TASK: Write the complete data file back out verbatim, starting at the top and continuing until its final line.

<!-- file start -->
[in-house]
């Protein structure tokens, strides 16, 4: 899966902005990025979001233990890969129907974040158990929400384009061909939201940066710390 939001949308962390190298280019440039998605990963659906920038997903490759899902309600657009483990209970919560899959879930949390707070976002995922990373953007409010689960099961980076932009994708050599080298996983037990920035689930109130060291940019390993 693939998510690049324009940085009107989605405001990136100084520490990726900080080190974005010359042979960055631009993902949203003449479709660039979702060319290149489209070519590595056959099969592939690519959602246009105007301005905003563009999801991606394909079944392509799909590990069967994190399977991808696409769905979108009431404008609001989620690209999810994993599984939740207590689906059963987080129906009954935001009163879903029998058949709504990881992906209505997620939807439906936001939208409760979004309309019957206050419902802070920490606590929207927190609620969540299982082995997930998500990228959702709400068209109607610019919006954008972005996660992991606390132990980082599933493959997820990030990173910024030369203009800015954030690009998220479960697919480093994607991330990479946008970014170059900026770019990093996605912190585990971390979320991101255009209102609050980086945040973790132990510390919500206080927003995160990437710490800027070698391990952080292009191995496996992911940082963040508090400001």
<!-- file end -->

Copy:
[in-house]
């Protein structure tokens, strides 16, 4: 899966902005990025979001233990890969129907974040158990929400384009061909939201940066710390 939001949308962390190298280019440039998605990963659906920038997903490759899902309600657009483990209970919560899959879930949390707070976002995922990373953007409010689960099961980076932009994708050599080298996983037990920035689930109130060291940019390993 693939998510690049324009940085009107989605405001990136100084520490990726900080080190974005010359042979960055631009993902949203003449479709660039979702060319290149489209070519590595056959099969592939690519959602246009105007301005905003563009999801991606394909079944392509799909590990069967994190399977991808696409769905979108009431404008609001989620690209999810994993599984939740207590689906059963987080129906009954935001009163879903029998058949709504990881992906209505997620939807439906936001939208409760979004309309019957206050419902802070920490606590929207927190609620969540299982082995997930998500990228959702709400068209109607610019919006954008972005996660992991606390132990980082599933493959997820990030990173910024030369203009800015954030690009998220479960697919480093994607991330990479946008970014170059900026770019990093996605912190585990971390979320991101255009209102609050980086945040973790132990510390919500206080927003995160990437710490800027070698391990952080292009191995496996992911940082963040508090400001």